These categorical imperatives are again, not based on a simple cost-benefit analysis. The imperatives of morality are to be followed simply to fulfil the concept of morality itself. In other words, we do not perform moral actions to gain some sort of benefit, but we do them for the simple fact that they are the rules of morality.

Philippa Foot disagrees with the Kantian notion of morality as a categorical imperative. Foot illuminates the contradiction by Kant in regards to what constitutes a categorical imperative. Strictly following Kant's definition of the categorical imperative, we must also include certain prohibitions and rules which we would not normally think of as moral. For example, rules of etiquette. We do not normally think of etiquette as moral rules, however they are phrased in much the same way situationally and linguistically as we would phrase moral rules. “I ought not eat with my elbows on the table” is not a statement of morality, normally understood, but is at the same time a rule to follow for no other reason than it's own existence. Another example of such a rule are rules of club membership. Although the ulterior motive of wishing to stay in the club may be given as a possible source of dissent among Kantians wishing to place such rules in to the category of a hypothetical imperative, if one is resigning from a club, one does not from that point on disregard all rules of club membership.

Furthermore, if we are to look at the motivation behind following club rules as that of wanting to be a a member of a club, we must also concider the possibility that the motivation for following Kantian categorical imperatives is the motivation to be a good person.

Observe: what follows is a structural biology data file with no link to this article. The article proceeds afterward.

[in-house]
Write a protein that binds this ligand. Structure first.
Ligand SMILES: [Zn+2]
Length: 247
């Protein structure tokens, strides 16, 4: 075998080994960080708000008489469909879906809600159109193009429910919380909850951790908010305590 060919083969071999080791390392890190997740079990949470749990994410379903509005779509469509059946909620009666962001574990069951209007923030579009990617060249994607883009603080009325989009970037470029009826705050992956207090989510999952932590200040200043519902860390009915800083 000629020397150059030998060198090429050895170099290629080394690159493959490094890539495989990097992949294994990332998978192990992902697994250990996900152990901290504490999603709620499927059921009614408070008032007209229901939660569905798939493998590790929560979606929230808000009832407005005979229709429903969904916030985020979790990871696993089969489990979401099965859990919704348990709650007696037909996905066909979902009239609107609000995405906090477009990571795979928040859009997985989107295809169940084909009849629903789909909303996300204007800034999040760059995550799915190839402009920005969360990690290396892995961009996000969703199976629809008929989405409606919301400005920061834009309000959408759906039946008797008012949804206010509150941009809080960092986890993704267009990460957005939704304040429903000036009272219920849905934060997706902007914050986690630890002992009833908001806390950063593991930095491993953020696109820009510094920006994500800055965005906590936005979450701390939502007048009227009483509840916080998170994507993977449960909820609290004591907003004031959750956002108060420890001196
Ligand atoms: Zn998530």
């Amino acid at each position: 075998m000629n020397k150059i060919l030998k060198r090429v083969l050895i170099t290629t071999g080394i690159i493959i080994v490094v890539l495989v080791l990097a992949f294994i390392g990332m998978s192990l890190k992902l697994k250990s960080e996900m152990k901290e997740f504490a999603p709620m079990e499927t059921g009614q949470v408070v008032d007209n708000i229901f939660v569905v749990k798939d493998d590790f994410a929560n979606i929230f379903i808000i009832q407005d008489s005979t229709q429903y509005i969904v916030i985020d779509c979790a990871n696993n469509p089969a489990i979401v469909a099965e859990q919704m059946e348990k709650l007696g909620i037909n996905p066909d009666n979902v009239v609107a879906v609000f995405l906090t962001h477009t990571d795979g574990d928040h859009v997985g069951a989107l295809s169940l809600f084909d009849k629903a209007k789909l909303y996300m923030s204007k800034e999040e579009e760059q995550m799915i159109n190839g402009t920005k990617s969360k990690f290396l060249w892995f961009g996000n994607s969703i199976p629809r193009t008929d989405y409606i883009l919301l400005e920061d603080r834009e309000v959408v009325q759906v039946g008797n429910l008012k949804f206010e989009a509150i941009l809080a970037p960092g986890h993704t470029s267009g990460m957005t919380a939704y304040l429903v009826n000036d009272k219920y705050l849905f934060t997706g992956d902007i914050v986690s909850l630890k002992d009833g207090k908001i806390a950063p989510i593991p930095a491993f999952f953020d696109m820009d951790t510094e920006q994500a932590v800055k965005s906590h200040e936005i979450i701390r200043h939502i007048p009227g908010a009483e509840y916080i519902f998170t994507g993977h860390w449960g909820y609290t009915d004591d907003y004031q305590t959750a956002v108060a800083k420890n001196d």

Foot disagrees with the magical notions of the categorical imperative. This is to say, she cannot find any reason in Kantian thinking of why moral imperatives are held to any higher esteem than the otherwise categorical imperatives of etiquette and club membership rules. Foot seems to be suggesting that all categorical imperatives are the same, leaving us with a morality which is no more moral than rules of etiquette. This is an uncomfortable notion of morality, as we would not normally think of our morality as simply a list of polite rules to follow. We do, in fact, hold rules such as “do not steal” in higher esteem than rules such as “do not put your elbows on the table while you eat”. A possibility is that these rules of etiquette are not, in fact, universal. When we think of morality, with several exceptions, we normally apply them regardless of any other factors. Not necessarily as strictly as Kant would consent to, as Kant would have us tell the truth to murderers while we are harbouring potential victims, however we still apply rules such as “do not kill” across any cultural barriers. If a person in a tribe in Africa murders another human being, North Americans can easily recognise this as an immoral act. Rules of etiquette, however, are not as strict. If a North American, who is culturally inclined to speak to someone with quite a bit of distance, speaks to an Italian, who is culturally inclined to speak to someone with much less distance between them, the North American may feel uncomfortable with the closeness due simply to what he is used to, but does not hold the Italian up to the same criteria of moral wrongness as if he were doing something which is recognised as categorically wrong, such as stealing. Foot does point out some problems with Kant's language of the categorical imperative, however the reduction of moral language to the language of etiquette does not appear to clarify in any way what in fact does constitute a moral ought. What Foot leaves us with is not a moral theory, but rather the opposite of a moral theory, that is to say, nihilism. Hers is not the vicious psychological nihilism of Neitzsche, and also unlike Neitzche, she does not address other moral theories, such as utilitarianism, leaving her nihilism incomplete.